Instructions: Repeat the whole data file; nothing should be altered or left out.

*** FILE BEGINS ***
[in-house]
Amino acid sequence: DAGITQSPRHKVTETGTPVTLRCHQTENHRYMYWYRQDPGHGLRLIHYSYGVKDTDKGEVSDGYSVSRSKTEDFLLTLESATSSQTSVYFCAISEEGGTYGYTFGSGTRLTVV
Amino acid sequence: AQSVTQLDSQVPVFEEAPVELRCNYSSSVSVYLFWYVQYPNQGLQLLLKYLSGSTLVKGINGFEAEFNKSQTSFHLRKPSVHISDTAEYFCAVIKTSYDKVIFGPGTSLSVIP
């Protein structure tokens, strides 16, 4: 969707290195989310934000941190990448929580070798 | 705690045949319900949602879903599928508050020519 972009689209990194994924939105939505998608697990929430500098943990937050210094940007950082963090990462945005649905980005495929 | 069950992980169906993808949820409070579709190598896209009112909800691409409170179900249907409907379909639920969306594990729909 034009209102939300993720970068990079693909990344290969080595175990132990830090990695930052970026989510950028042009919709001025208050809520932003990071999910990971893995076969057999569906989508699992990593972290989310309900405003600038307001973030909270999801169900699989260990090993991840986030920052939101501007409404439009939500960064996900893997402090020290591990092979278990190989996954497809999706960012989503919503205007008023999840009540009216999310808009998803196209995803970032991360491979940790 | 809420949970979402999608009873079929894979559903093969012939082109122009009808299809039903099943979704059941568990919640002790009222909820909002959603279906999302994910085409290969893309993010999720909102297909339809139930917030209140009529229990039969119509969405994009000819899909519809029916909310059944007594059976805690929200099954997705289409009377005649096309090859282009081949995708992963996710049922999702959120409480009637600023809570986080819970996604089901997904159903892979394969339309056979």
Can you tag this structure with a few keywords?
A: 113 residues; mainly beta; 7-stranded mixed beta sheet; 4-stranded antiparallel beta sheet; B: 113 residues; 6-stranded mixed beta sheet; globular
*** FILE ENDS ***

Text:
[in-house]
Amino acid sequence: DAGITQSPRHKVTETGTPVTLRCHQTENHRYMYWYRQDPGHGLRLIHYSYGVKDTDKGEVSDGYSVSRSKTEDFLLTLESATSSQTSVYFCAISEEGGTYGYTFGSGTRLTVV
Amino acid sequence: AQSVTQLDSQVPVFEEAPVELRCNYSSSVSVYLFWYVQYPNQGLQLLLKYLSGSTLVKGINGFEAEFNKSQTSFHLRKPSVHISDTAEYFCAVIKTSYDKVIFGPGTSLSVIP
């Protein structure tokens, strides 16, 4: 969707290195989310934000941190990448929580070798 | 705690045949319900949602879903599928508050020519 972009689209990194994924939105939505998608697990929430500098943990937050210094940007950082963090990462945005649905980005495929 | 069950992980169906993808949820409070579709190598896209009112909800691409409170179900249907409907379909639920969306594990729909 034009209102939300993720970068990079693909990344290969080595175990132990830090990695930052970026989510950028042009919709001025208050809520932003990071999910990971893995076969057999569906989508699992990593972290989310309900405003600038307001973030909270999801169900699989260990090993991840986030920052939101501007409404439009939500960064996900893997402090020290591990092979278990190989996954497809999706960012989503919503205007008023999840009540009216999310808009998803196209995803970032991360491979940790 | 809420949970979402999608009873079929894979559903093969012939082109122009009808299809039903099943979704059941568990919640002790009222909820909002959603279906999302994910085409290969893309993010999720909102297909339809139930917030209140009529229990039969119509969405994009000819899909519809029916909310059944007594059976805690929200099954997705289409009377005649096309090859282009081949995708992963996710049922999702959120409480009637600023809570986080819970996604089901997904159903892979394969339309056979």
Can you tag this structure with a few keywords?
A: 113 residues; mainly beta; 7-stranded mixed beta sheet; 4-stranded antiparallel beta sheet; B: 113 residues; 6-stranded mixed beta sheet; globular